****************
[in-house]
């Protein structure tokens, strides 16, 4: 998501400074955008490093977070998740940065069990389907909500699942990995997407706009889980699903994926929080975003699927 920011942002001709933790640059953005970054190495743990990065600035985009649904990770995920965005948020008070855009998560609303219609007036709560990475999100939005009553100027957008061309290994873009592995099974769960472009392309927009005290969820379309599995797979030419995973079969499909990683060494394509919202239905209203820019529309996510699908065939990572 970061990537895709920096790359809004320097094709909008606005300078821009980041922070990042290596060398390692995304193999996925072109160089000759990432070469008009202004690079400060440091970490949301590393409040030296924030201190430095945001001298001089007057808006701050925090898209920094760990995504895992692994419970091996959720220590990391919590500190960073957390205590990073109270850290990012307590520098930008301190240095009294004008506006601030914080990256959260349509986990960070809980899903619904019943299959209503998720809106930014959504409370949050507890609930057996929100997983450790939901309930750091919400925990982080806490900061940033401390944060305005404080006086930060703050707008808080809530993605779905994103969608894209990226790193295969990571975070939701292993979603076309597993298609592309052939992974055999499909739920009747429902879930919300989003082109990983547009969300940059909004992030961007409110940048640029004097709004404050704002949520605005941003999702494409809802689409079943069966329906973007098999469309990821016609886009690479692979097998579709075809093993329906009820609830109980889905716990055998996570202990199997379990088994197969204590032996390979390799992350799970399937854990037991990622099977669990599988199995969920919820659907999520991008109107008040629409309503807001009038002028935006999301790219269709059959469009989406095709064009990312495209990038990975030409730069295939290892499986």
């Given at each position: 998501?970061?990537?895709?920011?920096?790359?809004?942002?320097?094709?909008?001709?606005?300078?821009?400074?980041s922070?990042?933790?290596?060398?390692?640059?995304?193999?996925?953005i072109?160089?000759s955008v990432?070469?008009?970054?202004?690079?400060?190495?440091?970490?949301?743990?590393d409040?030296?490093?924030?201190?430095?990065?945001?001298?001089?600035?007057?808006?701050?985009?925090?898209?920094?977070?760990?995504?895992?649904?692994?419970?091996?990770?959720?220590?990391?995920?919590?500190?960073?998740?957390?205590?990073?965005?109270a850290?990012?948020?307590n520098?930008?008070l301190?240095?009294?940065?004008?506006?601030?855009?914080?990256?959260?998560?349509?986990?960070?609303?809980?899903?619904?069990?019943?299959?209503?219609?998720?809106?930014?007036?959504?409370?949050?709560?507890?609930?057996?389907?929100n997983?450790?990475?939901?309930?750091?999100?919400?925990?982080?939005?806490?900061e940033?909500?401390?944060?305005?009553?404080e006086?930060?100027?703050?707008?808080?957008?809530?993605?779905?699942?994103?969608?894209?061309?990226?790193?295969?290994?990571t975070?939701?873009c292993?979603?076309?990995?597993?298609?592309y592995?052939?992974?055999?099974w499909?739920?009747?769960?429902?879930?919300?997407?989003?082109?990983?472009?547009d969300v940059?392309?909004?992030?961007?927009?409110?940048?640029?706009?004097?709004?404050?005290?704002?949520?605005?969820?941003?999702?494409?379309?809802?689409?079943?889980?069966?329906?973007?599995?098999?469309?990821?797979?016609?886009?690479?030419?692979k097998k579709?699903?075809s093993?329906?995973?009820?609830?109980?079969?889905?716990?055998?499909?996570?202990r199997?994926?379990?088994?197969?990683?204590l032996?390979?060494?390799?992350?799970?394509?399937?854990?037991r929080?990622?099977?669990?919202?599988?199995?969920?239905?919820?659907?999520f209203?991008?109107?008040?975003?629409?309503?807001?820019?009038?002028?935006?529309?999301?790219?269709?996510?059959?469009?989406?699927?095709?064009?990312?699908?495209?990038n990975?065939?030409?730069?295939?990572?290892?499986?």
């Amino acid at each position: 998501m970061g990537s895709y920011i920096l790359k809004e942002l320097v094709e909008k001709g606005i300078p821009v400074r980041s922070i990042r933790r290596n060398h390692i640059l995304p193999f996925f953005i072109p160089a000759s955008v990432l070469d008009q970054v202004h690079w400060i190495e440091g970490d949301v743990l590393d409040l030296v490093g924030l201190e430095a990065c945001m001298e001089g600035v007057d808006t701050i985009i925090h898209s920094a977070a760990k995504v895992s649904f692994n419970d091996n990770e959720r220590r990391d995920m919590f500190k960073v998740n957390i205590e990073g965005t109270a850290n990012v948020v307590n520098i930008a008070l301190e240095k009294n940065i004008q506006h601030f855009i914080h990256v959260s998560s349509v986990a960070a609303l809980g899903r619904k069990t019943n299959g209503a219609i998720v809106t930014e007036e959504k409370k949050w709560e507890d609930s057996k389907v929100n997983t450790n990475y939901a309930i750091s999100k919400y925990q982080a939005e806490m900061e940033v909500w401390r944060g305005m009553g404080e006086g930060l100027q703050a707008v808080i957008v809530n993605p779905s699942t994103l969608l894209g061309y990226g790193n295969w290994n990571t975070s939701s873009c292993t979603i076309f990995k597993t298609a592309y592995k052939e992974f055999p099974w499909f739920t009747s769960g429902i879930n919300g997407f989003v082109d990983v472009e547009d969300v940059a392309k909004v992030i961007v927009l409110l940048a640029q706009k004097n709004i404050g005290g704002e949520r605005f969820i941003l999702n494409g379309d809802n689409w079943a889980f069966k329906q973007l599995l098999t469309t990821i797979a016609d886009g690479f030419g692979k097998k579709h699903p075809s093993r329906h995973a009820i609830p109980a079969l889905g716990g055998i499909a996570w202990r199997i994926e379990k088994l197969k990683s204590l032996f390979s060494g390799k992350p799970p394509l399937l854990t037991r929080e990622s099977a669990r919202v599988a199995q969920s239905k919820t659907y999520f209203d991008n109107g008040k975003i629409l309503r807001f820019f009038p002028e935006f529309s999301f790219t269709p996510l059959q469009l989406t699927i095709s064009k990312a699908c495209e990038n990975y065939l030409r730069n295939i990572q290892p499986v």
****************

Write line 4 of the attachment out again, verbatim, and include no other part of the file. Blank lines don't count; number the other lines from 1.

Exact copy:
């Amino acid at each position: 998501m970061g990537s895709y920011i920096l790359k809004e942002l320097v094709e909008k001709g606005i300078p821009v400074r980041s922070i990042r933790r290596n060398h390692i640059l995304p193999f996925f953005i072109p160089a000759s955008v990432l070469d008009q970054v202004h690079w400060i190495e440091g970490d949301v743990l590393d409040l030296v490093g924030l201190e430095a990065c945001m001298e001089g600035v007057d808006t701050i985009i925090h898209s920094a977070a760990k995504v895992s649904f692994n419970d091996n990770e959720r220590r990391d995920m919590f500190k960073v998740n957390i205590e990073g965005t109270a850290n990012v948020v307590n520098i930008a008070l301190e240095k009294n940065i004008q506006h601030f855009i914080h990256v959260s998560s349509v986990a960070a609303l809980g899903r619904k069990t019943n299959g209503a219609i998720v809106t930014e007036e959504k409370k949050w709560e507890d609930s057996k389907v929100n997983t450790n990475y939901a309930i750091s999100k919400y925990q982080a939005e806490m900061e940033v909500w401390r944060g305005m009553g404080e006086g930060l100027q703050a707008v808080i957008v809530n993605p779905s699942t994103l969608l894209g061309y990226g790193n295969w290994n990571t975070s939701s873009c292993t979603i076309f990995k597993t298609a592309y592995k052939e992974f055999p099974w499909f739920t009747s769960g429902i879930n919300g997407f989003v082109d990983v472009e547009d969300v940059a392309k909004v992030i961007v927009l409110l940048a640029q706009k004097n709004i404050g005290g704002e949520r605005f969820i941003l999702n494409g379309d809802n689409w079943a889980f069966k329906q973007l599995l098999t469309t990821i797979a016609d886009g690479f030419g692979k097998k579709h699903p075809s093993r329906h995973a009820i609830p109980a079969l889905g716990g055998i499909a996570w202990r199997i994926e379990k088994l197969k990683s204590l032996f390979s060494g390799k992350p799970p394509l399937l854990t037991r929080e990622s099977a669990r919202v599988a199995q969920s239905k919820t659907y999520f209203d991008n109107g008040k975003i629409l309503r807001f820019f009038p002028e935006f529309s999301f790219t269709p996510l059959q469009l989406t699927i095709s064009k990312a699908c495209e990038n990975y065939l030409r730069n295939i990572q290892p499986v």